1.1 AIFMD Update
On 16 July 2013, the European Union (Alternative Investment Fund Managers) Regulations 2013 (No. 257 of 2013) gave effect to the Alternative Investment Fund Managers Directive (2011/61/EU) ("AIFMD") in Ireland.
There have been a number of developments over the quarter:
- In the previous quarter, the Central Bank of Ireland (the
"Central Bank") notified all investment
funds authorised in accordance with the NU Notices and their
proposed alternative investment fund managers
("AIFMs") that the transitional date for
compliance with AIFMD is 22 July 2014. The Central Bank also set 21
February 2014 as the latest date for receipt of applications
seeking authorisation as an AIFM including internally managed
alternative investment funds
The Central Bank has stated that submissions for retail investor alternative investment funds ("RIAIFs") should be made prior to 30 May 2014. As regards qualified investor alternative investment funds ("QIAIFs") submissions, the Central Bank has requested that a list of expected submissions should be submitted prior to 11 April 2014.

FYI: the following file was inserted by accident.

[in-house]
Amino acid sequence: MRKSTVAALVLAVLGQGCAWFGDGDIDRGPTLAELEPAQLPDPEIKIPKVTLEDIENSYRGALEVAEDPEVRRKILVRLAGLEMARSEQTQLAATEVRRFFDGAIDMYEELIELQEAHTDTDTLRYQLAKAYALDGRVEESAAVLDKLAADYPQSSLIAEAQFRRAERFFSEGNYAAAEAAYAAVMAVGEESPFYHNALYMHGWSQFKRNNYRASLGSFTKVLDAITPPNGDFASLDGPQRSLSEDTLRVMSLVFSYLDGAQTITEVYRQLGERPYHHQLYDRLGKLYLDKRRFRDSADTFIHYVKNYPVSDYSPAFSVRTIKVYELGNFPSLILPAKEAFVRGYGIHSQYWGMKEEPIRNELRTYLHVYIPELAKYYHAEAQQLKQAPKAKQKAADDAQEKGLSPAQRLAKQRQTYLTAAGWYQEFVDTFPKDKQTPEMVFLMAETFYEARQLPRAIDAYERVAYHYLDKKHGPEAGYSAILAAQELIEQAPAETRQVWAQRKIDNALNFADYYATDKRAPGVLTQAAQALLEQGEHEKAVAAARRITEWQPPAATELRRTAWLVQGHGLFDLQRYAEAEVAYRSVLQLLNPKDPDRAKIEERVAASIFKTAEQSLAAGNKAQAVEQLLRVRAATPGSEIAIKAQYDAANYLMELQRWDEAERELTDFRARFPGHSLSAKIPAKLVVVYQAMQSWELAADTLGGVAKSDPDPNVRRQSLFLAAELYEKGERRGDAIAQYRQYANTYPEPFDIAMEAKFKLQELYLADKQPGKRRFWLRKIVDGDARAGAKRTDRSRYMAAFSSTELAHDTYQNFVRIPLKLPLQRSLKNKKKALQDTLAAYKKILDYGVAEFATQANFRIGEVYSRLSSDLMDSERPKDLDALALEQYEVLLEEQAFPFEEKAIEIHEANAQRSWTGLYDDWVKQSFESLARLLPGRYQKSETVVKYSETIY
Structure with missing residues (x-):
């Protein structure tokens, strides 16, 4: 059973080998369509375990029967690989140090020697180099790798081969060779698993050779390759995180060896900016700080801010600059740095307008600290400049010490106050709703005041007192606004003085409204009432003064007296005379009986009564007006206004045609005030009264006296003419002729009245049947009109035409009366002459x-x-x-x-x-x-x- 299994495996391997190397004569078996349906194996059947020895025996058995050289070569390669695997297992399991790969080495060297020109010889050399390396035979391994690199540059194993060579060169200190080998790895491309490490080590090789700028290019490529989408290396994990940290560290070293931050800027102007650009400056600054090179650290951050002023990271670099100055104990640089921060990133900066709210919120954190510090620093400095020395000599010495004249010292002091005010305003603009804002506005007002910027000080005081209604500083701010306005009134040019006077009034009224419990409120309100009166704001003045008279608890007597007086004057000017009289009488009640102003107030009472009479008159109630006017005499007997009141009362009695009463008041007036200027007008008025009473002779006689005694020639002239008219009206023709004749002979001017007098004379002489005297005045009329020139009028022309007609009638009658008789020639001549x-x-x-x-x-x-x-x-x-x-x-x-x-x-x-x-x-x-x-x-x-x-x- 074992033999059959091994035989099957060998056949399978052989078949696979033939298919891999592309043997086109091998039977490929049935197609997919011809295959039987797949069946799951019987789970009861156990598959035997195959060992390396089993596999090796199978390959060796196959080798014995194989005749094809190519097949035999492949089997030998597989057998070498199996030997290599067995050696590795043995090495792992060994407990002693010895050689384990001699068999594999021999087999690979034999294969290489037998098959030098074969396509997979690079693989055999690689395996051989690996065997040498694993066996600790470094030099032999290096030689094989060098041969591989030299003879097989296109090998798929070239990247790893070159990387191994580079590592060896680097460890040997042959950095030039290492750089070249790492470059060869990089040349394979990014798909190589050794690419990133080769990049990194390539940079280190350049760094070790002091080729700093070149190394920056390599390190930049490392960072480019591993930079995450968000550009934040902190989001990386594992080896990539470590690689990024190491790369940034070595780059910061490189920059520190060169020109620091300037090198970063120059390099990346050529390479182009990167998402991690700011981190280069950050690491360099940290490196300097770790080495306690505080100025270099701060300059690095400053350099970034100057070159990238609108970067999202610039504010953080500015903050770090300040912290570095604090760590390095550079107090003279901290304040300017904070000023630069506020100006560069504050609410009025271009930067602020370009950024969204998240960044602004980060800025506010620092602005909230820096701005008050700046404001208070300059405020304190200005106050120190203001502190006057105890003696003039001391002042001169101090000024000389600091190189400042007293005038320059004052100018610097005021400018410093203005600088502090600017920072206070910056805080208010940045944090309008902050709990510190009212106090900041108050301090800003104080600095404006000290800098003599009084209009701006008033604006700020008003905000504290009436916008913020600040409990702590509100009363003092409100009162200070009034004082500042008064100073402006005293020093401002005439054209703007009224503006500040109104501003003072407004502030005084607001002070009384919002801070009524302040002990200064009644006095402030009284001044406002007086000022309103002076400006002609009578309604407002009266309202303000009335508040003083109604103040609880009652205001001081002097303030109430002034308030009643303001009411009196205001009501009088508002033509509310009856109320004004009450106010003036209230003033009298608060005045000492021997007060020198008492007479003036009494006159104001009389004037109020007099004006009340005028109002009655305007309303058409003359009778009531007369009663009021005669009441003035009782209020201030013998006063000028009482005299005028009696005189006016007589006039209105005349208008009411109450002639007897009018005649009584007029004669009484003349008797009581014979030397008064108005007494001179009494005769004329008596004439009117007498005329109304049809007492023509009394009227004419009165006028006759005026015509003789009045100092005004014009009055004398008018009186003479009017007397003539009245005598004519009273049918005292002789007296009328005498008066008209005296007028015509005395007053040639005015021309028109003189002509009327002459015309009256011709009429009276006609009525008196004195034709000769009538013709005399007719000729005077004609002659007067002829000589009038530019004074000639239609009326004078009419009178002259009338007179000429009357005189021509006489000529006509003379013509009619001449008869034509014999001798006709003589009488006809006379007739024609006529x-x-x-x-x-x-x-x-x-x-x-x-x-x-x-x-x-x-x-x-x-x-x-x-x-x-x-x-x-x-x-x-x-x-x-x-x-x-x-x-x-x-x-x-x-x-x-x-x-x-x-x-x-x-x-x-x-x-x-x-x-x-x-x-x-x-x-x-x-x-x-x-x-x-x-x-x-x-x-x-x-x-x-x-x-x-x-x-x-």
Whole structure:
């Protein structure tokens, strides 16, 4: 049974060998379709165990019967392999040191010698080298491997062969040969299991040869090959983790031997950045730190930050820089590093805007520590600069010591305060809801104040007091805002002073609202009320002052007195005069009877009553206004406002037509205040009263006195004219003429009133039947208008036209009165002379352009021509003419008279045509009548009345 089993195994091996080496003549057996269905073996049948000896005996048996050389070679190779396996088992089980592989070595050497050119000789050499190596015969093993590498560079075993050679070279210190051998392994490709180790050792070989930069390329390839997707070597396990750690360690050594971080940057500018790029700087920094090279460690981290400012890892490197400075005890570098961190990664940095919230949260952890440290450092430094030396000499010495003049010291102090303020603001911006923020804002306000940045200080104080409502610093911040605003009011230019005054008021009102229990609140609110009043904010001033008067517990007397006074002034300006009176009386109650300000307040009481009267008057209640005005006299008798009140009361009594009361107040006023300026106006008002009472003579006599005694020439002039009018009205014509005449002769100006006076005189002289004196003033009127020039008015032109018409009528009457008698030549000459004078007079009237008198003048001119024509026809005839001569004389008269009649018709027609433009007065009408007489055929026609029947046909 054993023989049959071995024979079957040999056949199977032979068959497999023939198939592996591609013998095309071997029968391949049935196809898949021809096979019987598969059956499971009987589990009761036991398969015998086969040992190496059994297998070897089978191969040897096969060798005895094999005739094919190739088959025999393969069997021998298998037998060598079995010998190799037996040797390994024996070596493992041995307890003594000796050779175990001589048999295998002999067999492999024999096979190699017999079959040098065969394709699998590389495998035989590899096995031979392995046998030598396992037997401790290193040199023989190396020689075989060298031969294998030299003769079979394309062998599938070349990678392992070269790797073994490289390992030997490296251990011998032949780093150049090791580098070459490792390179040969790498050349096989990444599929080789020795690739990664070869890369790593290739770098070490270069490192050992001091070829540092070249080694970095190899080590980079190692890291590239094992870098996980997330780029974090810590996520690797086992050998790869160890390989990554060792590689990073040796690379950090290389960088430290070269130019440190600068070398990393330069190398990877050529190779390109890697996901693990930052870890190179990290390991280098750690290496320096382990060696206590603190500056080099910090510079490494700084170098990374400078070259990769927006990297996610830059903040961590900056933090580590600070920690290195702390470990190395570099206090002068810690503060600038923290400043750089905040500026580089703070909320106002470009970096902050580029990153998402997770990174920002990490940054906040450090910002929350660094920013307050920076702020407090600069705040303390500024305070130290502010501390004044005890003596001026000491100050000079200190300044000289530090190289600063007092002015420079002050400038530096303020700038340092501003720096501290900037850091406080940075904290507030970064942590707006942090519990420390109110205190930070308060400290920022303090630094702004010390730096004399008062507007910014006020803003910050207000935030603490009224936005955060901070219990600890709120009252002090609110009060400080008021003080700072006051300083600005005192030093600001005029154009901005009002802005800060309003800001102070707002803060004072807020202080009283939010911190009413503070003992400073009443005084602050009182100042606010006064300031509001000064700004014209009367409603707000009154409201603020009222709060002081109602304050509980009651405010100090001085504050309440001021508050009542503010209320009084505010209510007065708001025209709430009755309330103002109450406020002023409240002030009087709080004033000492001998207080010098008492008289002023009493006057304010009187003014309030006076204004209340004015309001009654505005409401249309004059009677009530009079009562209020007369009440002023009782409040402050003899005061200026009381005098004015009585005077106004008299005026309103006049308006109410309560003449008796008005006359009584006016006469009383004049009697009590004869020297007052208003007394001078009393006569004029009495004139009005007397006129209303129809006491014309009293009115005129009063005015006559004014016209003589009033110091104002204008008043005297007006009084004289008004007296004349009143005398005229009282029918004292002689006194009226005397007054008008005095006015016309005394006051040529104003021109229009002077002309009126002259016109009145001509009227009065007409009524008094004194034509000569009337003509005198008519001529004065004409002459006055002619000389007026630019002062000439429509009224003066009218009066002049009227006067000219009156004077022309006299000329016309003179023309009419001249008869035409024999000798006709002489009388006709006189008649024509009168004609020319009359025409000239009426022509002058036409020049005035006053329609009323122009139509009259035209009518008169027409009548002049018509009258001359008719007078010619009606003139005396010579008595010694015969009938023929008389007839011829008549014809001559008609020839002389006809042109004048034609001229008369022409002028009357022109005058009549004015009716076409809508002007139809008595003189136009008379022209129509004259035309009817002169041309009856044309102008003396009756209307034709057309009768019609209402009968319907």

For AIFs whose AIFMs are not expected to be authorised prior to 22 July 2014 revised documentation should be submitted once the AIFM is authorised.
- On 4 February 2014, the Central Bank published an updated AIFMD
Question and Answers ("Q&A")
document (7th edition). It contains answers to queries likely to
arise in relation to the implementation of AIFMD. It amends
questions ID 1019 which relates to the Markets in Financial
Instruments Directive (2004/39/EC)
("MiFID") and outlines a new approach to
the passporting of services for AIFMs. It also updates ID1025 and
ID1026 (regarding transitional arrangements for AIFM